• Michael Nowacki

H1'21 Investor Letter

Updated: Oct 11

To Our Investors:


The purpose of our investor letters is to communicate our recent performance and educate investors on our investment approach. As always, we are available to discuss these things in greater detail with you one on one.


H1’21 Results

During the first half of 2021, the Durable Growth Portfolio increased 5.1% net of fees. This compares to the overall increase, including dividends, for QQQ and SPY of 13.2% and 15.2%, respectively. Since inception on October 1, 2019, the Durable Growth Portfolio returned 141.2% net of fees, compared to QQQ and the SPY of 44.2% and 25.4%, respectively.


What Is Investing?


What is investing? A common definition is that investing is the act of expending money today, with the expectation of future profit. However, expecting future profit is not the same thing as being guaranteed future profit. When it comes to investing into businesses, there are no guarantees of specific returns—there is a range of possible future returns and different probabilities each return will be achieved.


In other words, investing is dealing with uncertainties and probabilities. It requires forecasting future fundamentals of a company, future sentiment about that company and industry, and future valuation multiples.


Many investors focus so intensely on the small things, such as if margins expand or contract 1% this year, whether the forecast for next quarter is soft or strong, if the company has an increase in job openings, if satellite images of parking lots show workers staying later, etc. These investors believe this attention to small details gives them an edge. We take the opposite approach and believe that big picture thinking is our edge—if we get our predictions and forecasts about the big things right, the small things tend to take care of themselves over time. We call this “visibility” and the higher the visibility about the future company fundamentals and competitive dynamics, the more comfortable we become with our investments.


As someone once said, “Making predictions is tough, especially about the future.” Forecasters (investors) must be humble because we never know the true probabilities. You might think there is a 90% chance a company returns 20% to 25% over the next five years and someone else might think there is only a 50% chance. Who is right?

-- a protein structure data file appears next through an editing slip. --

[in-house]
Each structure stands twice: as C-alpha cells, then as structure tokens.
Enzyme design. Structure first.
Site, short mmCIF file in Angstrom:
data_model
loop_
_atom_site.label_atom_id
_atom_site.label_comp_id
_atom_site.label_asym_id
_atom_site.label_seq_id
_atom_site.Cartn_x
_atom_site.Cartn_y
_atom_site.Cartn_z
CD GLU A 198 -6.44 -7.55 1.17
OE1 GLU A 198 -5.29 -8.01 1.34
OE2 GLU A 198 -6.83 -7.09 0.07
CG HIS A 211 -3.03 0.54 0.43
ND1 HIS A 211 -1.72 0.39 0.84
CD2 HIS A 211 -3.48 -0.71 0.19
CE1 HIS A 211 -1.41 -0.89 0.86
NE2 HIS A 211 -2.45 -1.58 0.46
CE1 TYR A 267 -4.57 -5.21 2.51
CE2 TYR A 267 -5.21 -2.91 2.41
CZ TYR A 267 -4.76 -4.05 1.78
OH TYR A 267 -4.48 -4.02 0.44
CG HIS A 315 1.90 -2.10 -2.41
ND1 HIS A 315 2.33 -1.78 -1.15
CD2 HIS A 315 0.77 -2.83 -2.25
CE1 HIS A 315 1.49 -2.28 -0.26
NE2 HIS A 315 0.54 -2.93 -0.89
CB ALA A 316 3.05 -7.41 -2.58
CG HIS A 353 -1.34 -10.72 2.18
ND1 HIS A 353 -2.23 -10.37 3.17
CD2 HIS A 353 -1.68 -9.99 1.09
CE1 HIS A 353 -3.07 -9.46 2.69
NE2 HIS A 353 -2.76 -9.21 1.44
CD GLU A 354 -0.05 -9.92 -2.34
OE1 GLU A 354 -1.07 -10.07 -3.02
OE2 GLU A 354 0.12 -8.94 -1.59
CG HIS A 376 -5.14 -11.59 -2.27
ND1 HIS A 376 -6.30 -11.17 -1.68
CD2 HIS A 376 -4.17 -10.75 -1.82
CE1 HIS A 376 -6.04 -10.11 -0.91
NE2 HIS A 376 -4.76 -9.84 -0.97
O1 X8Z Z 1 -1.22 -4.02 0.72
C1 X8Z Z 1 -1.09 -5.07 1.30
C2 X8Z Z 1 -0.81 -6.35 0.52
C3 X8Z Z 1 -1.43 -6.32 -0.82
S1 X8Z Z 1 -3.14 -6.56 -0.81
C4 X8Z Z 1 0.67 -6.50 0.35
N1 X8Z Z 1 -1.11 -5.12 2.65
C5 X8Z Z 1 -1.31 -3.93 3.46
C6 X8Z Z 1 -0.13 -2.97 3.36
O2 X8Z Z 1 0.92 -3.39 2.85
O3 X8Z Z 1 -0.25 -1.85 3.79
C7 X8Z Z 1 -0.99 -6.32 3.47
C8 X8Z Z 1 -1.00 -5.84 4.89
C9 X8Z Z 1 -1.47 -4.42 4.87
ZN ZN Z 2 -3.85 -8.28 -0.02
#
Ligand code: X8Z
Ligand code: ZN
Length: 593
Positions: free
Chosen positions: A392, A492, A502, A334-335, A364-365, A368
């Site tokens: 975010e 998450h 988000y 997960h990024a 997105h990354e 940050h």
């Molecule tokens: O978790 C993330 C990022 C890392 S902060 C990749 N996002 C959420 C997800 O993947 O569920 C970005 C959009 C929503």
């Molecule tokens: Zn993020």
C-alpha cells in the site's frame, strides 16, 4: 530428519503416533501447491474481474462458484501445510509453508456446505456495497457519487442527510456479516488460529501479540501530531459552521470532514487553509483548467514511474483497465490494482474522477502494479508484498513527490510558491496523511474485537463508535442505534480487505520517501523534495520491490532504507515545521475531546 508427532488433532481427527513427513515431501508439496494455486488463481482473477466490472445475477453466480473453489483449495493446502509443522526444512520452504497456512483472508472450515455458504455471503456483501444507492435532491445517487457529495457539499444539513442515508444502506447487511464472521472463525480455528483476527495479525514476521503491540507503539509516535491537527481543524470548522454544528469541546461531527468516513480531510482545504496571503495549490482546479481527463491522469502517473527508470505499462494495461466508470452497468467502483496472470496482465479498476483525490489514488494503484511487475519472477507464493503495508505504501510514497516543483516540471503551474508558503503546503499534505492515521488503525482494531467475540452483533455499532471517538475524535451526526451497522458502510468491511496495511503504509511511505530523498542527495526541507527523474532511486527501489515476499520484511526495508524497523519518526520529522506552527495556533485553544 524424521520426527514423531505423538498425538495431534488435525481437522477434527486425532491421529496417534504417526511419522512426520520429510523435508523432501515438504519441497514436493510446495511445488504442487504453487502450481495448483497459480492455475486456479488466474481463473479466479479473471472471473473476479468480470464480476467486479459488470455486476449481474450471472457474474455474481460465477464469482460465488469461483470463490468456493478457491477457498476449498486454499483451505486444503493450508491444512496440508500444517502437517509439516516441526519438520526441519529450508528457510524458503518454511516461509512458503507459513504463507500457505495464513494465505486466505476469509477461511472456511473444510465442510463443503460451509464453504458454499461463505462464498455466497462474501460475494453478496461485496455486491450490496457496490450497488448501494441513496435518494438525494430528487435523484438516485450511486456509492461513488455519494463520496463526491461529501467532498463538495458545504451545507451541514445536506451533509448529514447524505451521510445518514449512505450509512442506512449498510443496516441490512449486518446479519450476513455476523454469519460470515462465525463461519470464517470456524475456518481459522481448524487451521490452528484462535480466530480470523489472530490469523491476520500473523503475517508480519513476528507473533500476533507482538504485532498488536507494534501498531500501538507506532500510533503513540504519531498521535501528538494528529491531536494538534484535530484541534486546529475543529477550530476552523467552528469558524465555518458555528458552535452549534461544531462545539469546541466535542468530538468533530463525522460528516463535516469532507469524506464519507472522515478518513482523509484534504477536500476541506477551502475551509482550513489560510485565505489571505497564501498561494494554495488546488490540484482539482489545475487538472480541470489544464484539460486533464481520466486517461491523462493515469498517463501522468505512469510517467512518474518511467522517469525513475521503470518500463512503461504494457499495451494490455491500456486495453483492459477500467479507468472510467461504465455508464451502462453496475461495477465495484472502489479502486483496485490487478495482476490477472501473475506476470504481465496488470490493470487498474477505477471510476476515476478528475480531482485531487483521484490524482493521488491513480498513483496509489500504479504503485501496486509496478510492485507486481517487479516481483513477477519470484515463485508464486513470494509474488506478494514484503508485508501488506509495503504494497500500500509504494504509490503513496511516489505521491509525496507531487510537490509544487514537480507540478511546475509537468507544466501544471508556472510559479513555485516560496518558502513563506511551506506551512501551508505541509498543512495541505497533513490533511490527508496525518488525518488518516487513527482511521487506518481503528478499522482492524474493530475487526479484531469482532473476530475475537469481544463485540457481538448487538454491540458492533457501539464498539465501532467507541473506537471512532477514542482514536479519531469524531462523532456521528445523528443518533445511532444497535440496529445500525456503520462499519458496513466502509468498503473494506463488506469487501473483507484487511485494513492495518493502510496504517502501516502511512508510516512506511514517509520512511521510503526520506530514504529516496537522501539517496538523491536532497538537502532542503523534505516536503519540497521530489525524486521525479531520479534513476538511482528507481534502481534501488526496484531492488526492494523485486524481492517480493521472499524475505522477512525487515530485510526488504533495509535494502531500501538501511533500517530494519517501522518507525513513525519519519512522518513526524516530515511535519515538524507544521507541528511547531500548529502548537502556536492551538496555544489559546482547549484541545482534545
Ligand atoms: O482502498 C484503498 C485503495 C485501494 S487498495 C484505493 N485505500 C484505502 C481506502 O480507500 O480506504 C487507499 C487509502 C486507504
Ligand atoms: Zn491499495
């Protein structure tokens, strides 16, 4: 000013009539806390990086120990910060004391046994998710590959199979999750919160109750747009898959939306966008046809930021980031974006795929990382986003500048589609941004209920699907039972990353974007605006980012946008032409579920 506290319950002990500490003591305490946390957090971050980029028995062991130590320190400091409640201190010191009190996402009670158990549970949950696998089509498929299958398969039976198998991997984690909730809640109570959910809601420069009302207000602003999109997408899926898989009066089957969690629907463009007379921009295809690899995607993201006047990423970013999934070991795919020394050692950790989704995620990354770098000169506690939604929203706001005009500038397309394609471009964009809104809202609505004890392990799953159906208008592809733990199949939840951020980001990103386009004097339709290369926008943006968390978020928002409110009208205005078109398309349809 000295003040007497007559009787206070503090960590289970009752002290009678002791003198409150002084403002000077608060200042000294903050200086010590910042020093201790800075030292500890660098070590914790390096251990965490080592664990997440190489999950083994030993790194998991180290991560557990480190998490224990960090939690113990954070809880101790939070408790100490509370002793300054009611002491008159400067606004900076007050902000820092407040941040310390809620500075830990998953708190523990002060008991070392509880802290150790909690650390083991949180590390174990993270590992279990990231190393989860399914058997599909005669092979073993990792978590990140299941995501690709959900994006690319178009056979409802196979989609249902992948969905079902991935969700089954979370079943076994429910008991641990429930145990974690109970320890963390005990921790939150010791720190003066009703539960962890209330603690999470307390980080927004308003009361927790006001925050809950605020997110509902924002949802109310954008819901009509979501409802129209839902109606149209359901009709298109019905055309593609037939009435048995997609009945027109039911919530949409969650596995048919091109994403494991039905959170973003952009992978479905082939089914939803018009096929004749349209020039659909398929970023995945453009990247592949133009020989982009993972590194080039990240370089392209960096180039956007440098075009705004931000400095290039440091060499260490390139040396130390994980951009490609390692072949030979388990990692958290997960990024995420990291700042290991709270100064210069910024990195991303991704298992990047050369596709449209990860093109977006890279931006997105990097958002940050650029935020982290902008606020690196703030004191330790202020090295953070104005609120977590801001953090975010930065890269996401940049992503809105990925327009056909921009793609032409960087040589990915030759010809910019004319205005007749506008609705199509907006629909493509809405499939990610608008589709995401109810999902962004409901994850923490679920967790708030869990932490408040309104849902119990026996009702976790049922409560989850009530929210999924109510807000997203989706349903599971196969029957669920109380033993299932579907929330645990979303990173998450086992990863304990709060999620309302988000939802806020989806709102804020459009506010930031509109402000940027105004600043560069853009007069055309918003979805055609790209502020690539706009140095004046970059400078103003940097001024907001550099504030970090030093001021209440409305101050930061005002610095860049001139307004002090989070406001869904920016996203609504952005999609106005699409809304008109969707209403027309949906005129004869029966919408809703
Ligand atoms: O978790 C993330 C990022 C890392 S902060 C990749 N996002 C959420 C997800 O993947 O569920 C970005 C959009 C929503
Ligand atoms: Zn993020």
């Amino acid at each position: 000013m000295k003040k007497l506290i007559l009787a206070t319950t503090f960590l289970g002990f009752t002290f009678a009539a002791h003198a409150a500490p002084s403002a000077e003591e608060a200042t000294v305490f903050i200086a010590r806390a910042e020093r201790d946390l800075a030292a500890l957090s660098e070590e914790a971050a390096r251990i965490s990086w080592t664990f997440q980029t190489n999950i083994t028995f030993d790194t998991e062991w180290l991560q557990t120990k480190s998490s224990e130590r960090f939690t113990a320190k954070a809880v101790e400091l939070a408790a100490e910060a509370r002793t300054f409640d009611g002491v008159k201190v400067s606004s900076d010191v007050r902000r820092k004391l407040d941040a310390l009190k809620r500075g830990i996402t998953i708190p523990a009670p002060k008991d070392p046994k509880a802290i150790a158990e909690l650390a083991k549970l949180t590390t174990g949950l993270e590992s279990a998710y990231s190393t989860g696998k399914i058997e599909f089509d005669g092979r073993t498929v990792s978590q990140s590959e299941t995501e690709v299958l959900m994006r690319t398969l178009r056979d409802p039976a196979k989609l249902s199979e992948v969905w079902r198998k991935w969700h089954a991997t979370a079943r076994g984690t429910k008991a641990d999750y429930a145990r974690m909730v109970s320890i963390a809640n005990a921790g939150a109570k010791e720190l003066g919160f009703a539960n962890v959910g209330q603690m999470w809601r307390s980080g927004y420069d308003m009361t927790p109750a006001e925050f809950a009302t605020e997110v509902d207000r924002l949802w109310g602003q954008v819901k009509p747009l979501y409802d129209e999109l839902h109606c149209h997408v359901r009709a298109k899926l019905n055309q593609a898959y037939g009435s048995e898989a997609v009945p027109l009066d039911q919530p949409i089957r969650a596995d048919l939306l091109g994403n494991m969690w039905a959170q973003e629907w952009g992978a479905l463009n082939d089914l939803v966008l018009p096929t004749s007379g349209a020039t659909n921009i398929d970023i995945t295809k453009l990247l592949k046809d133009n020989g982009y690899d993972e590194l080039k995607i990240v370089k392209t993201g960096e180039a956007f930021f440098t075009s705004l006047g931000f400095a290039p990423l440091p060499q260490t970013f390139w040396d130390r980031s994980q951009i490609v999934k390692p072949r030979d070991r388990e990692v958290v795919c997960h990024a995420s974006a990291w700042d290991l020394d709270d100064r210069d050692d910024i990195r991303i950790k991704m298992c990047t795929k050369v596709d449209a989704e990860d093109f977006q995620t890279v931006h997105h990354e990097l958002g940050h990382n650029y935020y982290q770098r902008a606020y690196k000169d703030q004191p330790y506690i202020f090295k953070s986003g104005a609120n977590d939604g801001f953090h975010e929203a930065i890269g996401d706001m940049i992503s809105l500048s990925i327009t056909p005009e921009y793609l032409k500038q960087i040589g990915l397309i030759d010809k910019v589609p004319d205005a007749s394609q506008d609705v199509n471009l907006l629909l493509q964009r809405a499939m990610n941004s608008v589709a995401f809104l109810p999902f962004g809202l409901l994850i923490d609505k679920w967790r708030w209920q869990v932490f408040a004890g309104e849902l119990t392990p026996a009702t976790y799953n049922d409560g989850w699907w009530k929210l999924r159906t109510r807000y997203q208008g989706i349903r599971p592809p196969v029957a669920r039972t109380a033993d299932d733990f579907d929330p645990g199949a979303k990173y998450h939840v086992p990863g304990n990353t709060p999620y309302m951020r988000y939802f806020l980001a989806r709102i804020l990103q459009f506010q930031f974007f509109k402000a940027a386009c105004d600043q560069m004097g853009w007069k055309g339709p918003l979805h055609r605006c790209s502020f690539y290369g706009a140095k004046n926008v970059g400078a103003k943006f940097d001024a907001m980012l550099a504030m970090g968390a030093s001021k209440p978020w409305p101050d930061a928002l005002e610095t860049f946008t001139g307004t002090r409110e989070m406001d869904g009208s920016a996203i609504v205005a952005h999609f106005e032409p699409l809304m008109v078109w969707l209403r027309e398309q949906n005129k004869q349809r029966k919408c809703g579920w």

The performance of the stock does not tell us who was right in their probabilities, it only tells us the outcome. If I say there is a 90% chance that I am going to get heads when I flip a coin and then I get heads, that doesn’t mean my probabilities were correct, there was still only a 50% chance I got heads. And if I say there is a 90% chance something is going to happen and it doesn’t, that doesn’t mean I was wrong, I will “appear” wrong 1 out of 10 times if my probabilities were correct.


Investors talk a lot about having “high conviction”. A friend of Luca likes to say, having high conviction doesn’t mean you are right, it only means you think you are right! Having high conviction and being wrong is a proven way to lose confidence in yourself and have others lose confidence in you.


What investors mean by high conviction is that they have high confidence the stock has limited downside and there is a low probability of that happening, and there is an extremely high probability it will provide high returns. High conviction is not the same thing as certainty. Anyone who says they are certain about things that are uncertain, should not be trusted with money.


If investing is dealing with uncertainty and probabilities, then how do we become better at investing?


(1) First, think in terms of probability and scenario analysis. Reject the idea of certainty.


(2) Only forecasting companies for which you believe you can forecast reasonably well. You should understand the business well and the industry. Warren Buffett calls this sticking to your circle of competence and companies outside of this area belong in the “too hard pile”. If you are failing to be comfortable with your forecasts, move on. You only have to be right about the companies you buy.


Everyone starts with an empty circle of competence as a teenager. Investors can leave it to fate to guide them to develop competence in the areas with the best opportunities, or one can make a conscious effort to become more competent in those areas over time. Our approach has been to increasingly build our circle around software, payments, digital advertising, cybersecurity, e-commerce, and health tech.